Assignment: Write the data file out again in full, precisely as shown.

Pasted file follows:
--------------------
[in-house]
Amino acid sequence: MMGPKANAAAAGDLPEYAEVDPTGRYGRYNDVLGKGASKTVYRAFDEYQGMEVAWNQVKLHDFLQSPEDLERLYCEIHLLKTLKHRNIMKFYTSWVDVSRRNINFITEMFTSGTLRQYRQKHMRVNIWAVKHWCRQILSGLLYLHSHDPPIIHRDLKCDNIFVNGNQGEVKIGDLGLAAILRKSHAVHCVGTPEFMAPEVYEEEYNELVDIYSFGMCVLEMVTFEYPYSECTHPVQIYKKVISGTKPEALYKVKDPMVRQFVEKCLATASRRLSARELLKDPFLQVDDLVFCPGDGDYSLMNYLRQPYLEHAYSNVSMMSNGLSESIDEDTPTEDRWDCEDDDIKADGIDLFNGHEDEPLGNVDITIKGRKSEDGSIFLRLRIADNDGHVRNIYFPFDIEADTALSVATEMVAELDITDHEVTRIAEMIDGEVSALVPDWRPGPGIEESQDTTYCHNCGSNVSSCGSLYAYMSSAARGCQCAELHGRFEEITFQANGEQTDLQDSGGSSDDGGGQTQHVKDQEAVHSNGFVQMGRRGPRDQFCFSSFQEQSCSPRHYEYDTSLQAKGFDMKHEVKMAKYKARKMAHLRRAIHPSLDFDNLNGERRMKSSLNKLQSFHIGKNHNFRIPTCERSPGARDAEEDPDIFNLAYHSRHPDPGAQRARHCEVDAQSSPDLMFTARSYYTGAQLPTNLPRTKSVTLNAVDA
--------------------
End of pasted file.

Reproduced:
[in-house]
Amino acid sequence: MMGPKANAAAAGDLPEYAEVDPTGRYGRYNDVLGKGASKTVYRAFDEYQGMEVAWNQVKLHDFLQSPEDLERLYCEIHLLKTLKHRNIMKFYTSWVDVSRRNINFITEMFTSGTLRQYRQKHMRVNIWAVKHWCRQILSGLLYLHSHDPPIIHRDLKCDNIFVNGNQGEVKIGDLGLAAILRKSHAVHCVGTPEFMAPEVYEEEYNELVDIYSFGMCVLEMVTFEYPYSECTHPVQIYKKVISGTKPEALYKVKDPMVRQFVEKCLATASRRLSARELLKDPFLQVDDLVFCPGDGDYSLMNYLRQPYLEHAYSNVSMMSNGLSESIDEDTPTEDRWDCEDDDIKADGIDLFNGHEDEPLGNVDITIKGRKSEDGSIFLRLRIADNDGHVRNIYFPFDIEADTALSVATEMVAELDITDHEVTRIAEMIDGEVSALVPDWRPGPGIEESQDTTYCHNCGSNVSSCGSLYAYMSSAARGCQCAELHGRFEEITFQANGEQTDLQDSGGSSDDGGGQTQHVKDQEAVHSNGFVQMGRRGPRDQFCFSSFQEQSCSPRHYEYDTSLQAKGFDMKHEVKMAKYKARKMAHLRRAIHPSLDFDNLNGERRMKSSLNKLQSFHIGKNHNFRIPTCERSPGARDAEEDPDIFNLAYHSRHPDPGAQRARHCEVDAQSSPDLMFTARSYYTGAQLPTNLPRTKSVTLNAVDA